The severe decrease in the value of money was coupled with high taxes to pay off the cost of the war, he explained. Actions by the Massachusetts Legislature had disenfranchised many residents taking away from them the ability to vote and make legal changes.

Colton said the Massachusetts Constitution, the oldest printed constitution, stipulated that one had to own property in order to vote and run for office.

"The true elite were unresponsive to the common people," Colton said.

With hard economic times, the state's courts were seizing farms and throwing people into debtor's prison.

"People thought the courts were out of control," Colton added.

The Articles of the Federation, Colton added, had not resulted in creating a nation, but instead "13 little countries" bound loosely together. Each state, for instance, produced its own currency.

Shays was one western Massachusetts resident who decided to take steps to correct matters. A Pelham farmer and landowner, Shays was a highly decorated Revolutionary War veteran who left the military with the rank of captain.

The deteriorating conditions of the early Commonwealth promoted Shays to band with others who felt the need for a new revolution and on Jan. 25, 1787, Shays led a makeshift army of about 1,200 to the federal arsenal in Springfield.

The arsenal, Colton said, had more guns, artillery and ammunition than anyplace in New England. Colton said if Shays had captured the arsenal he could have made Springfield his base camp for a longer challenge to Boston's power. He could have even established a new capitol here.


It is a numbingly cold day on the STCC campus and one wonders if it was as cold when Shays led his army down what was then called Boston Road, but what is now known as State Street. Shays had assembled his forces in the east and was marching from Wilbraham to the federal arsenal.

As Colton led me across the green in the center of the campus, he pointed out that this is not the complex Shays would have been approaching. Even though a number of the buildings are well over a century old the West Arsenal building built in 1808 is almost 200 years old none of them were standing when Shays and his men came.

Walking toward the entrance of the college, Colton said a militia force had been called to protect the arsenal from Shays. Although roughly the same size, the militia had the advantage of field pieces or cannons.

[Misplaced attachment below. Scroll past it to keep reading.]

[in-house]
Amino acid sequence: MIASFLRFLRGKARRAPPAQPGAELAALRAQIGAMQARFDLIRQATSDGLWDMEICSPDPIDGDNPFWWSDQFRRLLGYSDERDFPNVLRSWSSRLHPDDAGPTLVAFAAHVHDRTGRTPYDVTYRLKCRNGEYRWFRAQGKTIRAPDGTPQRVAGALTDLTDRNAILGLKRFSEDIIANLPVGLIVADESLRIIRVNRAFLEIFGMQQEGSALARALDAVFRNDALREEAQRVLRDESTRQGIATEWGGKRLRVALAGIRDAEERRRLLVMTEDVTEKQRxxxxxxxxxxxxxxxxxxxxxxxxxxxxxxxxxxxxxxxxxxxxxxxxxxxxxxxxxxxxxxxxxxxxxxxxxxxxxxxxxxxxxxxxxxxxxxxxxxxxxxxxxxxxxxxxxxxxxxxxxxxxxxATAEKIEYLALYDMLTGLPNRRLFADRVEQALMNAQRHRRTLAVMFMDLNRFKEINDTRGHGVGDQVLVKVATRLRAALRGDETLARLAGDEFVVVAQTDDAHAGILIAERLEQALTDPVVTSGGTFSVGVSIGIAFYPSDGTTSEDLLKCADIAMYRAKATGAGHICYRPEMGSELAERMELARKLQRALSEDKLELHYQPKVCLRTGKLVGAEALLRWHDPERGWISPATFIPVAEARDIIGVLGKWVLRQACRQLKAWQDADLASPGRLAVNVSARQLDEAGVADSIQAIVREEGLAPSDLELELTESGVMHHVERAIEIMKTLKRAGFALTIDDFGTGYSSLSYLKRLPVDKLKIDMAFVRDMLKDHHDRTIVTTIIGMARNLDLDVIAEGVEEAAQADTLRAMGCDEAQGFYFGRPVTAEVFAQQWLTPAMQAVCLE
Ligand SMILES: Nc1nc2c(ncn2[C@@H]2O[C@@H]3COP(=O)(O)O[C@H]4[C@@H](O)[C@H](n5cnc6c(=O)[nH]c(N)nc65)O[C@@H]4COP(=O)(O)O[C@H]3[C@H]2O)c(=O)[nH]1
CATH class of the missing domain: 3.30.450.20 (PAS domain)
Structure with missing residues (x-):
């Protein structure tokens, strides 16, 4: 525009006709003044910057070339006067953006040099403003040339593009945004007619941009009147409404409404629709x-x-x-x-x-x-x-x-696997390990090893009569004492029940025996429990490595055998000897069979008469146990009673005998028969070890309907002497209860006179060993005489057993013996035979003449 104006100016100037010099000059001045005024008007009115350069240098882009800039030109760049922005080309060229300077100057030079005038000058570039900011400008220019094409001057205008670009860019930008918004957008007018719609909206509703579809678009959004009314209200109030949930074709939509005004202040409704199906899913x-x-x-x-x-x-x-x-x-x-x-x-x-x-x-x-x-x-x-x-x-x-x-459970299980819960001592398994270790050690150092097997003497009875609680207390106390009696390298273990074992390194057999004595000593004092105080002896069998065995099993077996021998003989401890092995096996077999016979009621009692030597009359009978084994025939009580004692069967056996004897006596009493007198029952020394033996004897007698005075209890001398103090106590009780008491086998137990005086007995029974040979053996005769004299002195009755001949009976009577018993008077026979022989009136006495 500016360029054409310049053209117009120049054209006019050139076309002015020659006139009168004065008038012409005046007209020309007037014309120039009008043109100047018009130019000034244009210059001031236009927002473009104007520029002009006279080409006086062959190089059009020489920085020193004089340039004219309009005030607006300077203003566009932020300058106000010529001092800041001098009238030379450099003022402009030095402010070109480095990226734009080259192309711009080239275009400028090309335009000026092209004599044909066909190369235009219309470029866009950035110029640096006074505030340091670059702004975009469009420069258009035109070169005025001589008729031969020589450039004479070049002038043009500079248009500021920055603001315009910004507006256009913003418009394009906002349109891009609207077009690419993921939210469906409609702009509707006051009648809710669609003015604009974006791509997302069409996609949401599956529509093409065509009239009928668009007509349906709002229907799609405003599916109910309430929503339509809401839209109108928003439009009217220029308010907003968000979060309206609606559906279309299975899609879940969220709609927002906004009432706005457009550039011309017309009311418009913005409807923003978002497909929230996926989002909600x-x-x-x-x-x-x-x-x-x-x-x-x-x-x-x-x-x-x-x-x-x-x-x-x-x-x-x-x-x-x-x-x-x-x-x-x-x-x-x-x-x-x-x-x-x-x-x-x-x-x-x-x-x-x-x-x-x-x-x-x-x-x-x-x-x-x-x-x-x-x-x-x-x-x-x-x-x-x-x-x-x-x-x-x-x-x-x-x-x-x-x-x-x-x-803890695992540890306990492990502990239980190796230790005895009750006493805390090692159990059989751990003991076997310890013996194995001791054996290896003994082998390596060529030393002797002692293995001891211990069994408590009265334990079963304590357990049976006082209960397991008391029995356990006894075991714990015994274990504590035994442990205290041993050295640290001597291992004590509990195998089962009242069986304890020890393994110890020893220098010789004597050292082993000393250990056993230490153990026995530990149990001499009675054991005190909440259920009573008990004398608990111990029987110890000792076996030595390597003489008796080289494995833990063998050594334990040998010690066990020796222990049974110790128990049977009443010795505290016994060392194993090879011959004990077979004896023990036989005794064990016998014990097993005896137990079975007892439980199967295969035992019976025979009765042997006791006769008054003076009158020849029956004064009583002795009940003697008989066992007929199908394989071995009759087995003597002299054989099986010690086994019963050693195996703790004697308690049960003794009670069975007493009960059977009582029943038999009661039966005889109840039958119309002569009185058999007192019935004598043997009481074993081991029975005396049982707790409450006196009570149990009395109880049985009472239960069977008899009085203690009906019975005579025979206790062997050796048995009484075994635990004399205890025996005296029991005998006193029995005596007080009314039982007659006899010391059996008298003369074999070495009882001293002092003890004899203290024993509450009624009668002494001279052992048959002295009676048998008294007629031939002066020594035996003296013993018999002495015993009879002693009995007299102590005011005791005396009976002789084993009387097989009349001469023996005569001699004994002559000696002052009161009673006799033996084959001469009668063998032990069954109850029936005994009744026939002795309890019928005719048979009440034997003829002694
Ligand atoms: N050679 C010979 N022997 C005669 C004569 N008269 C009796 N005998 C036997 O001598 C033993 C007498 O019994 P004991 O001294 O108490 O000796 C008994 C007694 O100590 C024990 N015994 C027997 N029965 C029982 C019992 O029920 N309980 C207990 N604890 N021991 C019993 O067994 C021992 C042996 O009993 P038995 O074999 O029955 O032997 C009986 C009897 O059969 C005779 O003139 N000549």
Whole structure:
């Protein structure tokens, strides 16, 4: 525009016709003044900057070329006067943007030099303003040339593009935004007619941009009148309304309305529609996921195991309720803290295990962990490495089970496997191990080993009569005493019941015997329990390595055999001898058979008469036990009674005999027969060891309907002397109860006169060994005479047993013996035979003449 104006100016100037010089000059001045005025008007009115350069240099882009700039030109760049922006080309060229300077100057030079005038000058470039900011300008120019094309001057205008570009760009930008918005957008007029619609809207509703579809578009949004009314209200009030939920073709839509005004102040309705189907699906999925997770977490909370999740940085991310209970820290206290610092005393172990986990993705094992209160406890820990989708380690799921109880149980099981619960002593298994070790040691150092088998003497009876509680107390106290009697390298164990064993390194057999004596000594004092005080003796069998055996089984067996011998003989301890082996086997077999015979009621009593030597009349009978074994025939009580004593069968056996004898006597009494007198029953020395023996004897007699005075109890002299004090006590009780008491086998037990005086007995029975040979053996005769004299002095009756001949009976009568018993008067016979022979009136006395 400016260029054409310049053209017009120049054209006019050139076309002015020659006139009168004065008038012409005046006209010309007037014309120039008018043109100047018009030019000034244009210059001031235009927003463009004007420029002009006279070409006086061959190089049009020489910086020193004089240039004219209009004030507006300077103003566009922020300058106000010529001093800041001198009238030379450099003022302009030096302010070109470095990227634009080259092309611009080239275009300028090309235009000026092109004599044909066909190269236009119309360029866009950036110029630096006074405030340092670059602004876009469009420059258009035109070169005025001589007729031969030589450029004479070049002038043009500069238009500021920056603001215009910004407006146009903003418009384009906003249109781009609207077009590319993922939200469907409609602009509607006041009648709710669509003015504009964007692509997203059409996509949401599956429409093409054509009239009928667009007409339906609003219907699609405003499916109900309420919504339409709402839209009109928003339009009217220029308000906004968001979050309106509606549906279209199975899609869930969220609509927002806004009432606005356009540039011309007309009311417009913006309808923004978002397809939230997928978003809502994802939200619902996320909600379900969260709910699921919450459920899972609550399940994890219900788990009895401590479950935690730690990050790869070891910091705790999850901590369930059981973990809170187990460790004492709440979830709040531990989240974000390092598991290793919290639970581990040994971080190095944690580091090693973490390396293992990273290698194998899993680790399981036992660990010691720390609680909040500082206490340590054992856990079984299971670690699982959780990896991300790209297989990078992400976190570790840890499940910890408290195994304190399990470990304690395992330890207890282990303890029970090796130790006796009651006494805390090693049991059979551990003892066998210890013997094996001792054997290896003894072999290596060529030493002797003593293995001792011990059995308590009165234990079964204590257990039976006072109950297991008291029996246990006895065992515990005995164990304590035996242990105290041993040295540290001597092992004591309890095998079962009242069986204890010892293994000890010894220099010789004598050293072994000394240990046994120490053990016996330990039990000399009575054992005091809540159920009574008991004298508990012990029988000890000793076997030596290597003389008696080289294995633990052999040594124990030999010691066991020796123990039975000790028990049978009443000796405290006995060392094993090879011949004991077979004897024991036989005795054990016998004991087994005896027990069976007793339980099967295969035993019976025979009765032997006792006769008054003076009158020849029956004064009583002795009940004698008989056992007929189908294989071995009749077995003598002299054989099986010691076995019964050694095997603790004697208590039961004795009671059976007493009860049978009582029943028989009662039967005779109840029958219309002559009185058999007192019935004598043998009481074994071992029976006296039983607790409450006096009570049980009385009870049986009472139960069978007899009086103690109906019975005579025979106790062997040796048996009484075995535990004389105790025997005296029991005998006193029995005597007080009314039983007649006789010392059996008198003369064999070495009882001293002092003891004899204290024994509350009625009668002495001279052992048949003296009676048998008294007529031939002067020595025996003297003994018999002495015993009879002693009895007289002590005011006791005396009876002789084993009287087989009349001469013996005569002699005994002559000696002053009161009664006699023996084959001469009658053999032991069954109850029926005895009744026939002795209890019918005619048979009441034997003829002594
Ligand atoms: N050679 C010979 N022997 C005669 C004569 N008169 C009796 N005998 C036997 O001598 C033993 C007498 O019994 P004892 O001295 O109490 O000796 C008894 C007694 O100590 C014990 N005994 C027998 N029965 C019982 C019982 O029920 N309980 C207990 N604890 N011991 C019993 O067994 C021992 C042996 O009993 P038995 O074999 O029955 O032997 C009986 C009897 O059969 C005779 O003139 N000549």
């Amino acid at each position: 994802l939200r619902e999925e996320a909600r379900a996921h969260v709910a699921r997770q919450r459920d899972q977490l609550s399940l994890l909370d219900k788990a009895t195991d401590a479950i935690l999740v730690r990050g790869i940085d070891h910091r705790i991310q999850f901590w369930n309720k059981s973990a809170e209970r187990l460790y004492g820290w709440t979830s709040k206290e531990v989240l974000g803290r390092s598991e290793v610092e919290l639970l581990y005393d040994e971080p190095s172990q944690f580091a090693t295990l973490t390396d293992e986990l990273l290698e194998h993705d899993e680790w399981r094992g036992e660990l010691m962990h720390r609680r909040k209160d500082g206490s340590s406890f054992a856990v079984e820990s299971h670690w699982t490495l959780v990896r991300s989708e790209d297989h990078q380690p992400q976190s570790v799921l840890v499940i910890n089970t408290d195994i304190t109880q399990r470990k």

Colton said that Shays was hoping to rout the arsenal's defenders simply by intimidation of his forces, however, when Shays was fired upon by the cannon, the battle was over.

Old Boston Road had a curve to it and Shays had placed his most experienced men in the front of his formation. The cannon fire did not hit them but fired over them and struck the less seasoned fighters who were marching around the curve.

The green troops fled and Shays's army had to retreat. Shays had a price on his head and fled to Vermont. He eventually settled in New York where he received a pardon and died in 1825.

Colton said that contemporary historians did not treat Shays very well and wrote accounts of the rebellion with a pro-government slant. Even with that bias, Shays's actions pointed out the inequities that existed the need for a stronger federal government.

The symposium attracted historians from throughout New England to address the rebellions and its impact.

In a letter to James Madison on Jan. 30, 1787, Thomas Jefferson wrote about Shays's Rebellion: "I hold it that a little rebellion now and then is a good thing, and as necessary in the political world as storms in the physical. Unsuccessful rebellions, indeed, generally establish the encroachments on the rights of the people which have produced them. An observation of this truth should render honest republican governors so mild in their punishment of rebellions as not to discourage them too much. It is a medicine necessary for the sound health of government."

© 2007 by Gordon Michael Dobbs

Sunday, March 25, 2007

My buddy Mark always wants input on our new governor. Here's the latest I wrote.

There are many things in life that I do not understand.

For instance, I've noticed of late that everything has to be some sort of food flavor. Billboards on I-91 for Yankee Candle have proclaimed new scents that are actually food flavors, such as honeydew melon.

We're in the midst of the "flavorization" of America.

My wife recently bought toasted vanilla shampoo and a pink grapefruit body wash. When I was a kid, there was one flavor of lip balm wax with undertones of petroleum jelly. Now, there are dozens of flavors.

There's even flavored floss for cleaning your teeth.

No wonder I have trouble losing weight there are food reminders all around me!

For the life of me I don't know why women want to wear sweatpants with slogans across the seat. Why is Paris Hilton still famous? Why do some people pay for O.J. Simpson's autograph? Why don't people like Shemp?

And I don't understand why people are up in arms about Governor Patrick's declaration of wanting to take care of his wife during her treatment for depression and exhaustion.

The issue is so polarizing that my friends Brad Shepard and Bo Sullivan on WHYN sounded as if they were about to go at one another the other morning. Thank goodness, John "Binky" Baibak was there to stand between them. Whew!

The issue with any elected official who suffers a health emergency, either personally or within his or her family, is whether or not the duties of the office can still be performed.

As far as I can tell, Patrick has simply expressed concern for his wife's health and well being as any concerned spouse would. He has not said that he is taking a less active role in government or that he is turning over duties to others such as Lt. Governor Tim Murray.

He just wants to have some time, evenings and weekends, for his wife.